Updated on 8 February 2017
The concept of reproducibility is one of the foundations of scientific practice and the bedrock by which scientific validity can be established. However, the extent to which reproducibility is being achieved in the sciences is currently under question. Several studies have shown that much peer-reviewed scientific literature is not reproducible.1-3 One crucial contributor to the obstruction of reproducibility is the lack of transparency of original data and methods. Reproducibility, the ability of scientific results and conclusions to be independently replicated by independent parties, potentially using different tools and approaches, can only be achieved if data and methods are fully disclosed.
In the biomedical sciences, the issue is further complicated by the fact that we now typically deal with very large, multi-faceted and highly complex datasets (largely a result of technological advances which have led to a rapid growth in data generation). To truly facilitate reproducibility, not only does this data need to be fully disclosed, it also needs to be shared in way that is practical for other scientists to search and scrutinize: it needs to be reusable.
Several initiatives have been established to facilitate data reusability and drive improved reproducibility. The outcomes of one such recent initiative, designed and endorsed by a multi-disciplinary group of stakeholders, are known as the ‘FAIR Principles'.4 They advise that data be Findable, Accessible, Interoperable and Reusable:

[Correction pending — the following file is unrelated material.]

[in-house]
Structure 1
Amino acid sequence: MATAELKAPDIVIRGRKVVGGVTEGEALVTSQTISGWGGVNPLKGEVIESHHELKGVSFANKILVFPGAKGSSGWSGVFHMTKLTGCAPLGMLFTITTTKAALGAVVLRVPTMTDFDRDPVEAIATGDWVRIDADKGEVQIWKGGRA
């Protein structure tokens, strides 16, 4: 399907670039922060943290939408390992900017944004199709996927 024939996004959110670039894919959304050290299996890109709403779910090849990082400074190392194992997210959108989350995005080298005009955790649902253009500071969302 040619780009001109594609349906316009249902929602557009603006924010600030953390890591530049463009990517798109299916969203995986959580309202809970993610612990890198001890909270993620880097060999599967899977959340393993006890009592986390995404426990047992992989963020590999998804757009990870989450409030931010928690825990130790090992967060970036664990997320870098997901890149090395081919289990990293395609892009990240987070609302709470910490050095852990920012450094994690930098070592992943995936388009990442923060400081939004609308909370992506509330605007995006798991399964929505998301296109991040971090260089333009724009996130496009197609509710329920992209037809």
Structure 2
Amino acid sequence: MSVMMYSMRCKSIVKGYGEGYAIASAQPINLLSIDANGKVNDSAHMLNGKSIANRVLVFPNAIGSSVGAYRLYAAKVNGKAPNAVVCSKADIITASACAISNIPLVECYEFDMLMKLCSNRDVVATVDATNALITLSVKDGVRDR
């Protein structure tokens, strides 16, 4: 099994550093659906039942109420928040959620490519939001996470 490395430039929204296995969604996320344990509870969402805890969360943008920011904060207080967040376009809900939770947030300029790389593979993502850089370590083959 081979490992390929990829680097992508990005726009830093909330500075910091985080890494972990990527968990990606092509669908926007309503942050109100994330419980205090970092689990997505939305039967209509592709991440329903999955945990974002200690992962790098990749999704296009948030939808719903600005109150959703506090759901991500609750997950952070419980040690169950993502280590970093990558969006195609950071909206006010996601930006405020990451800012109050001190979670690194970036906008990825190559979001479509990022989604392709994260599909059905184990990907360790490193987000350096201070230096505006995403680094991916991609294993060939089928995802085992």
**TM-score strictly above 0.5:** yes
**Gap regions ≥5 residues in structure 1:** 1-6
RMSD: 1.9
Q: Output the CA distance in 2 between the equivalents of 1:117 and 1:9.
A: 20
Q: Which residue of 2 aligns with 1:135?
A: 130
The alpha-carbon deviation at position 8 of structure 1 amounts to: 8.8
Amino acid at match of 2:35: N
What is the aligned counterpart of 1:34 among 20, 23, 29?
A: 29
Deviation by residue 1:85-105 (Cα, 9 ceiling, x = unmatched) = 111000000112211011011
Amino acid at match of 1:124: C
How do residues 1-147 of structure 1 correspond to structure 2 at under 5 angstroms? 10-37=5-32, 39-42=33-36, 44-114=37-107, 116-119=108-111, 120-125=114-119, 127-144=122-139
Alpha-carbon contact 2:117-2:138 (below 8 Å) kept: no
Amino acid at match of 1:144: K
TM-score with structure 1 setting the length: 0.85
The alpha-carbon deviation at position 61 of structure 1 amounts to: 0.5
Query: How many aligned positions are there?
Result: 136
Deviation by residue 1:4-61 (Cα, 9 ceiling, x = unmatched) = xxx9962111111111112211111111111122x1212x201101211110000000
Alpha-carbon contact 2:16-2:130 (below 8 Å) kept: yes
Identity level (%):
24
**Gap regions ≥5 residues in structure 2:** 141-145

(Meta)data are assigned a globally unique and persistent identifier
Data are described with rich metadata (defined in the ‘reusability' bullet below)
Metadata clearly and explicitly include the identifier of the data it describes
(Meta)data are registered or indexed in a searchable resource
(Meta)data are retrievable by their identifier using a standardized communications protocol
The protocol is open, free, and universally implementable
The protocol allows for an authentication and authorization procedure, where necessary
Metadata are accessible, even when the data are no longer available